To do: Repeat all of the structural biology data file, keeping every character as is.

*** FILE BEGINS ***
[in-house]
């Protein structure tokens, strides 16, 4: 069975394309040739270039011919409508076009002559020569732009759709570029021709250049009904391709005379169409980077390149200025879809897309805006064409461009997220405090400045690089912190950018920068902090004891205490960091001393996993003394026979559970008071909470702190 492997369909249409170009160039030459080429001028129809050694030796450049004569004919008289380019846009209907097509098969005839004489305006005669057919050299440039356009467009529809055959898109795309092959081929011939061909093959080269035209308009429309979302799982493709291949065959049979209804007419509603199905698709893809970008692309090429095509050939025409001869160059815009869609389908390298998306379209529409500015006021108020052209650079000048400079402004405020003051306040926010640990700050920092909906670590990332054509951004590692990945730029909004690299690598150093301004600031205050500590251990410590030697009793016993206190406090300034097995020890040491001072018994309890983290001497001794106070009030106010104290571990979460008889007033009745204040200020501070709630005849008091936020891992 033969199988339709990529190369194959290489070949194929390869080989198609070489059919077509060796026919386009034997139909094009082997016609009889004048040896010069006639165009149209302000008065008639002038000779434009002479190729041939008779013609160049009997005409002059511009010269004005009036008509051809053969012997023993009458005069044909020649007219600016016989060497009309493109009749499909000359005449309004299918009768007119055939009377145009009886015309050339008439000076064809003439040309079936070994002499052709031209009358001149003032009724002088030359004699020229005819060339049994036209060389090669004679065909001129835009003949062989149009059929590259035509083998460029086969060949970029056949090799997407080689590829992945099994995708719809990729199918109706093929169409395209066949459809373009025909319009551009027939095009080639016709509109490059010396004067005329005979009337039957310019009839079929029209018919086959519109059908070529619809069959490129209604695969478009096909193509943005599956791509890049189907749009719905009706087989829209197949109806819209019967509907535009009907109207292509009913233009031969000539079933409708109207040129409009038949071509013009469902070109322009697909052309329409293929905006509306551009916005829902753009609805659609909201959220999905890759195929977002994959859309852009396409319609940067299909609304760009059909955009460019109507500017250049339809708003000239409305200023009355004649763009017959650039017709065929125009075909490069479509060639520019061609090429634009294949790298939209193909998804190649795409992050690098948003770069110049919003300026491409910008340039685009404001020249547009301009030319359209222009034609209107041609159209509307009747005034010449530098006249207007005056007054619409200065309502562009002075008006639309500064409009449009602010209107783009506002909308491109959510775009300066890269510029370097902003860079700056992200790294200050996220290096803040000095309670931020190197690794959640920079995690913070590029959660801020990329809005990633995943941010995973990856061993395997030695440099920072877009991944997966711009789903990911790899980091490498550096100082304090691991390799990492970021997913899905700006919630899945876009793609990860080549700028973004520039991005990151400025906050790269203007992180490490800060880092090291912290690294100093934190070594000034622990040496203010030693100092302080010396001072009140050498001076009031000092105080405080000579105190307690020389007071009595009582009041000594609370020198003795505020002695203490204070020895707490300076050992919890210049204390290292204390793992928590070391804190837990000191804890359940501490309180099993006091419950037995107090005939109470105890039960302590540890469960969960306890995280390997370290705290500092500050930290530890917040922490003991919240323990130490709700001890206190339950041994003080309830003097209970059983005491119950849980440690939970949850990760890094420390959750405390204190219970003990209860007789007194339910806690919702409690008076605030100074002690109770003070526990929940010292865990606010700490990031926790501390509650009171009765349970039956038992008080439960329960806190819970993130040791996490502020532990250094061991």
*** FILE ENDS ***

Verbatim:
[in-house]
């Protein structure tokens, strides 16, 4: 069975394309040739270039011919409508076009002559020569732009759709570029021709250049009904391709005379169409980077390149200025879809897309805006064409461009997220405090400045690089912190950018920068902090004891205490960091001393996993003394026979559970008071909470702190 492997369909249409170009160039030459080429001028129809050694030796450049004569004919008289380019846009209907097509098969005839004489305006005669057919050299440039356009467009529809055959898109795309092959081929011939061909093959080269035209308009429309979302799982493709291949065959049979209804007419509603199905698709893809970008692309090429095509050939025409001869160059815009869609389908390298998306379209529409500015006021108020052209650079000048400079402004405020003051306040926010640990700050920092909906670590990332054509951004590692990945730029909004690299690598150093301004600031205050500590251990410590030697009793016993206190406090300034097995020890040491001072018994309890983290001497001794106070009030106010104290571990979460008889007033009745204040200020501070709630005849008091936020891992 033969199988339709990529190369194959290489070949194929390869080989198609070489059919077509060796026919386009034997139909094009082997016609009889004048040896010069006639165009149209302000008065008639002038000779434009002479190729041939008779013609160049009997005409002059511009010269004005009036008509051809053969012997023993009458005069044909020649007219600016016989060497009309493109009749499909000359005449309004299918009768007119055939009377145009009886015309050339008439000076064809003439040309079936070994002499052709031209009358001149003032009724002088030359004699020229005819060339049994036209060389090669004679065909001129835009003949062989149009059929590259035509083998460029086969060949970029056949090799997407080689590829992945099994995708719809990729199918109706093929169409395209066949459809373009025909319009551009027939095009080639016709509109490059010396004067005329005979009337039957310019009839079929029209018919086959519109059908070529619809069959490129209604695969478009096909193509943005599956791509890049189907749009719905009706087989829209197949109806819209019967509907535009009907109207292509009913233009031969000539079933409708109207040129409009038949071509013009469902070109322009697909052309329409293929905006509306551009916005829902753009609805659609909201959220999905890759195929977002994959859309852009396409319609940067299909609304760009059909955009460019109507500017250049339809708003000239409305200023009355004649763009017959650039017709065929125009075909490069479509060639520019061609090429634009294949790298939209193909998804190649795409992050690098948003770069110049919003300026491409910008340039685009404001020249547009301009030319359209222009034609209107041609159209509307009747005034010449530098006249207007005056007054619409200065309502562009002075008006639309500064409009449009602010209107783009506002909308491109959510775009300066890269510029370097902003860079700056992200790294200050996220290096803040000095309670931020190197690794959640920079995690913070590029959660801020990329809005990633995943941010995973990856061993395997030695440099920072877009991944997966711009789903990911790899980091490498550096100082304090691991390799990492970021997913899905700006919630899945876009793609990860080549700028973004520039991005990151400025906050790269203007992180490490800060880092090291912290690294100093934190070594000034622990040496203010030693100092302080010396001072009140050498001076009031000092105080405080000579105190307690020389007071009595009582009041000594609370020198003795505020002695203490204070020895707490300076050992919890210049204390290292204390793992928590070391804190837990000191804890359940501490309180099993006091419950037995107090005939109470105890039960302590540890469960969960306890995280390997370290705290500092500050930290530890917040922490003991919240323990130490709700001890206190339950041994003080309830003097209970059983005491119950849980440690939970949850990760890094420390959750405390204190219970003990209860007789007194339910806690919702409690008076605030100074002690109770003070526990929940010292865990606010700490990031926790501390509650009171009765349970039956038992008080439960329960806190819970993130040791996490502020532990250094061991």